How to Plan and Design Child Care Centers

Between infancy and school age, a child may spend up to 12,500 hours in a child care facility. Because children spend such long hours in child care centers, facilities located in GSA-managed spaces must meet special design requirements that exceed base guidelines for federal buildings.

To provide specific guidelines for creating spaces that are functional child-oriented spaces that promote a child’s health, development and creativity, GSA has published the GSA Child Care Center Design Guide.  Visit the Child Care Library for a copy.

The guide contains criteria for planning and designing child care centers in GSA-owned or controlled spaces. It is intended for use in developing future centers and expanding or renovating existing ones. It aims not only to specify design criteria but also to explain the rationale for the criteria in order to enhance professional judgment.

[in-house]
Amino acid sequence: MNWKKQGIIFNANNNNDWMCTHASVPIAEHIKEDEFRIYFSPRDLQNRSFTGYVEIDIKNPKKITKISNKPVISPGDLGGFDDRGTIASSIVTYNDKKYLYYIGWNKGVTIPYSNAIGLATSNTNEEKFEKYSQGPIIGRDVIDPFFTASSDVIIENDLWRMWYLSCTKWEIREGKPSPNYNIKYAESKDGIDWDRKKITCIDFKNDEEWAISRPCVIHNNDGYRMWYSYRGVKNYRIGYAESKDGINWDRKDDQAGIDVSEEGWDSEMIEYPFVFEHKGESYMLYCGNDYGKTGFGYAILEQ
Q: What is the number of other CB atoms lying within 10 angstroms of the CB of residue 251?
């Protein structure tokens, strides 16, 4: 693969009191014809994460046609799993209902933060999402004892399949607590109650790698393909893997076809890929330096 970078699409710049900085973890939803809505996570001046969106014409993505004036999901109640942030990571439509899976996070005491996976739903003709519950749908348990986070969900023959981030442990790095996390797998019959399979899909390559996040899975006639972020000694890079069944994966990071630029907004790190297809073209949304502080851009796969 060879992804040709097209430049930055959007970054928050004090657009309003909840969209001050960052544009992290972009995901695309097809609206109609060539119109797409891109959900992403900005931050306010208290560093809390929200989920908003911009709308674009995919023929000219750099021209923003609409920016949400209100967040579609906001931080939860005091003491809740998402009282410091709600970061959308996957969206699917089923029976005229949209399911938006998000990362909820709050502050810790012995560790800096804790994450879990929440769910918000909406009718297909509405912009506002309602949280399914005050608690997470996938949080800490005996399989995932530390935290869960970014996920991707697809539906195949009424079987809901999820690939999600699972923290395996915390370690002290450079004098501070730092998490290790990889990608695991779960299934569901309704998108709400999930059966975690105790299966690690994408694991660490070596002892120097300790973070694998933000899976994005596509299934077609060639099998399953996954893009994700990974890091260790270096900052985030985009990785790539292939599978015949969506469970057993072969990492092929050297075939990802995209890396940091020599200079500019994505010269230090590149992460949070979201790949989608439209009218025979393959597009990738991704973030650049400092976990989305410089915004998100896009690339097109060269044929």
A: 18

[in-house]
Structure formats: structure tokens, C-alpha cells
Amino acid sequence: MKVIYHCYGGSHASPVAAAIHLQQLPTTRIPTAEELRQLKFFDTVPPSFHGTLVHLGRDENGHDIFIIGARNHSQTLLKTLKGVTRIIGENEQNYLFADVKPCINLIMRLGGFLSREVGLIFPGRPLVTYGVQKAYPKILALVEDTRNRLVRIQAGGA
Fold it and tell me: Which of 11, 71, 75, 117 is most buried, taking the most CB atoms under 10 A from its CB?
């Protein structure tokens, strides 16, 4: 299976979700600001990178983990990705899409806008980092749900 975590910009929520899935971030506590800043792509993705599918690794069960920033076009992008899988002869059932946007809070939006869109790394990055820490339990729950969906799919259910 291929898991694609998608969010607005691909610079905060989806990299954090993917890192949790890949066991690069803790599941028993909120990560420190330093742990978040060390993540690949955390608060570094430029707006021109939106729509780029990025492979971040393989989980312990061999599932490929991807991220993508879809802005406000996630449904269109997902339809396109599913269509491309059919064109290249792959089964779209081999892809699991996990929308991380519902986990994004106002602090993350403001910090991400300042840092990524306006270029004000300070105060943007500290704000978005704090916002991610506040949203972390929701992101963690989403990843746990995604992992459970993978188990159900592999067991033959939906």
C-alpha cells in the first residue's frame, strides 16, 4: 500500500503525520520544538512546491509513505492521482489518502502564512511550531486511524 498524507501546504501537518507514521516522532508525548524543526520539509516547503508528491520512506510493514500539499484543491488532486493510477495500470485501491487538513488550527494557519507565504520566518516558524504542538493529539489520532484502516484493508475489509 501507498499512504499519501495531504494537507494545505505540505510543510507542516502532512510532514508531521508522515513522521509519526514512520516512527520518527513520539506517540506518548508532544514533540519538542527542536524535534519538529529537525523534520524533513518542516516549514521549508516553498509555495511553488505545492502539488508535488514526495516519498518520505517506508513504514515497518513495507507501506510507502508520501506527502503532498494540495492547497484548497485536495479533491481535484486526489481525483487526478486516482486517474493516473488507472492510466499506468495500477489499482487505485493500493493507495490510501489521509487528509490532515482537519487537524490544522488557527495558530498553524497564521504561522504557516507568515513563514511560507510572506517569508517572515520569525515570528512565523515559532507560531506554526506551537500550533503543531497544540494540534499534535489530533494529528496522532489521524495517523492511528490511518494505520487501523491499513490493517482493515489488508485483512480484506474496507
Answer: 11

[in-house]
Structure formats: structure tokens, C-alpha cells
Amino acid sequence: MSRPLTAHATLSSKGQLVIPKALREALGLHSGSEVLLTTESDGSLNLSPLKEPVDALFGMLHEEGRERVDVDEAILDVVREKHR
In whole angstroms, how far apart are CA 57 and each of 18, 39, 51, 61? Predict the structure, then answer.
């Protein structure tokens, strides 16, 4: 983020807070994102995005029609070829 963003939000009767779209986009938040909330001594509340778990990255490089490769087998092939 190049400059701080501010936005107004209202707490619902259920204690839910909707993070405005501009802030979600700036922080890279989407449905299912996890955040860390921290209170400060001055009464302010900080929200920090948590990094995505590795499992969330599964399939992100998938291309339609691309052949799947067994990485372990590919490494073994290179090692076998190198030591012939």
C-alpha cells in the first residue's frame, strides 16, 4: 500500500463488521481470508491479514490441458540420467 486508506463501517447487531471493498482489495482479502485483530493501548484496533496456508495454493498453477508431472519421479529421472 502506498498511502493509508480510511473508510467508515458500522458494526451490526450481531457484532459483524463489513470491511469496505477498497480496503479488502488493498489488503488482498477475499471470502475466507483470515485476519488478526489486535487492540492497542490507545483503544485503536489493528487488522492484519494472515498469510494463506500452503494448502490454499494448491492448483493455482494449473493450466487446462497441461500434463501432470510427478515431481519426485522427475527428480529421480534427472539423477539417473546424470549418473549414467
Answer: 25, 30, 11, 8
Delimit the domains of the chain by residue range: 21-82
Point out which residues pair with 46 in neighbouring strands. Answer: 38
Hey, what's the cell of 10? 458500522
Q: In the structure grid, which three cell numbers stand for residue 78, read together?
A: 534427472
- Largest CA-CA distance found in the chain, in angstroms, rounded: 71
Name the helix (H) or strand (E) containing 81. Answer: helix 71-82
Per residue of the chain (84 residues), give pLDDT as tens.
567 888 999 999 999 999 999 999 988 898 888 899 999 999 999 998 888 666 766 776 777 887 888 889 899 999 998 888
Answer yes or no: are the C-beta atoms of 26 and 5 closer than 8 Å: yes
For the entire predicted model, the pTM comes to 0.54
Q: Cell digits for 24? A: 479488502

People who will use this guide:

  • Architects and engineers who will provide building and design services for child care centers in GSA-managed spaces
  • GSA Regional Child Care Coordinators to interpret the level and type of features and finishes to be provided in centers.
  • GSA Property Managers to maintain all centers and improve existing ones to meet the benchmarks set in the Guide.
  • GSA managers for guidance in repair and replacement of existing conditions and equipment.
  • GSA Real Estate Specialists when developing Requests for Proposals (RFP) and Solicitation for Offers (SFO) for the procurement of child care center space.
  • Federal agencies planning to contract with private sector architectural firms to establish new centers or renovate existing ones.
Last Reviewed 2016-02-03